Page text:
Someone was describing to me a principle they read about yesterday in the book Great by Choice by Jim Collin’s. They spoke about the “20 mile march” belief that is told to us through a story about the two teams that attempted to get to the South Pole first in 1911.
Roald Amundsen prepared for the 1400 mile journey by living with the Eskimos and learning how they dressed and moved in sub-zero temperatures. On the other hand Robert Falcon Scott did little research in preparation for the same trek. Amundsen’s team used dog sleds like the Eskimos taught him and took three tons of supplies for five men. Scott took motorized sleds that failed after the first few days and had only one ton of supplies for a team of seventeen men.
In planning the route Amundsen built in numerous buffers along his route. He knew they would run into unforeseen situations and was ready for them. On the other hand Scott had his route planned out without buffers and any room for catastrophes. On December 15, 1911 Amundsen’s team planted the Norwegian flag at the South Pole. Scott’s team was 500 miles behind. Scott’s team all died as they ran out supplies. Amundsen’s team reached home base on January 25th the exact day he planned.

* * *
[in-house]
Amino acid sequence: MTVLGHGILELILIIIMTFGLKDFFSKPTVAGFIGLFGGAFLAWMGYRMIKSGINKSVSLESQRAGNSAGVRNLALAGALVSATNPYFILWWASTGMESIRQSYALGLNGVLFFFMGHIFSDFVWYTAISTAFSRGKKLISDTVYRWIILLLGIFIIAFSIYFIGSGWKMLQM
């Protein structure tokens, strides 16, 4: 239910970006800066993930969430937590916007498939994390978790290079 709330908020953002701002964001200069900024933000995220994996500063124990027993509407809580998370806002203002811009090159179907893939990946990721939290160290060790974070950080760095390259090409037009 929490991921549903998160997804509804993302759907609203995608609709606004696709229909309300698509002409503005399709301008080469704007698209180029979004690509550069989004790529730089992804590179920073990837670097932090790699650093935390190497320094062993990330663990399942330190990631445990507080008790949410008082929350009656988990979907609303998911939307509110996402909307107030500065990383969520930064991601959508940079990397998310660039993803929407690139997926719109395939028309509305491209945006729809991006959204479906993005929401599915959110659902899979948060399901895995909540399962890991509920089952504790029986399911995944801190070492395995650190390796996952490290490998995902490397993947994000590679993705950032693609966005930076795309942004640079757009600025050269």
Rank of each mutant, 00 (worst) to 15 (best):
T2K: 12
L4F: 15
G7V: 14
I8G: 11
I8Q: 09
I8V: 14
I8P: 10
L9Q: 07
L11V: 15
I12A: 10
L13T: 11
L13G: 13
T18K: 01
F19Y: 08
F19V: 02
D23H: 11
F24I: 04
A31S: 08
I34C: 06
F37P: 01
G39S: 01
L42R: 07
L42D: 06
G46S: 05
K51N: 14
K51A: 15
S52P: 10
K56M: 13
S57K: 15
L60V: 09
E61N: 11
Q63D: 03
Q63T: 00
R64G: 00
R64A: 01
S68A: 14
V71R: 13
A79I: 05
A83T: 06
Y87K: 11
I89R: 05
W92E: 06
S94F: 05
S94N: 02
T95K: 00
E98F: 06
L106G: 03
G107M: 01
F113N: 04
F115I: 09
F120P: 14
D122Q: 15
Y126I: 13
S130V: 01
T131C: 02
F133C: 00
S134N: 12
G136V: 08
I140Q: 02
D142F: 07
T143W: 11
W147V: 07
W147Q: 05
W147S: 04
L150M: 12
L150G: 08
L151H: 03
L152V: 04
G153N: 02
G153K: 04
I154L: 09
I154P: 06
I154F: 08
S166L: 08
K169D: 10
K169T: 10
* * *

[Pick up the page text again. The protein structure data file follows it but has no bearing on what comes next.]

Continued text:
The big difference in their approach was how Amundsen’s team would only go 15-20 miles per day. They would only go this far on the clear days and on the windy and cold days they would try to get to the similar range. The idea was not to get the team tired and run down. Scott would push his team to go as far as they could on good days and on bad days they would not go anywhere. What a great life lesson to learn, some days you are tired and want to take it easy. To be successful you must do your 20 miles or basic work to meet your goals.
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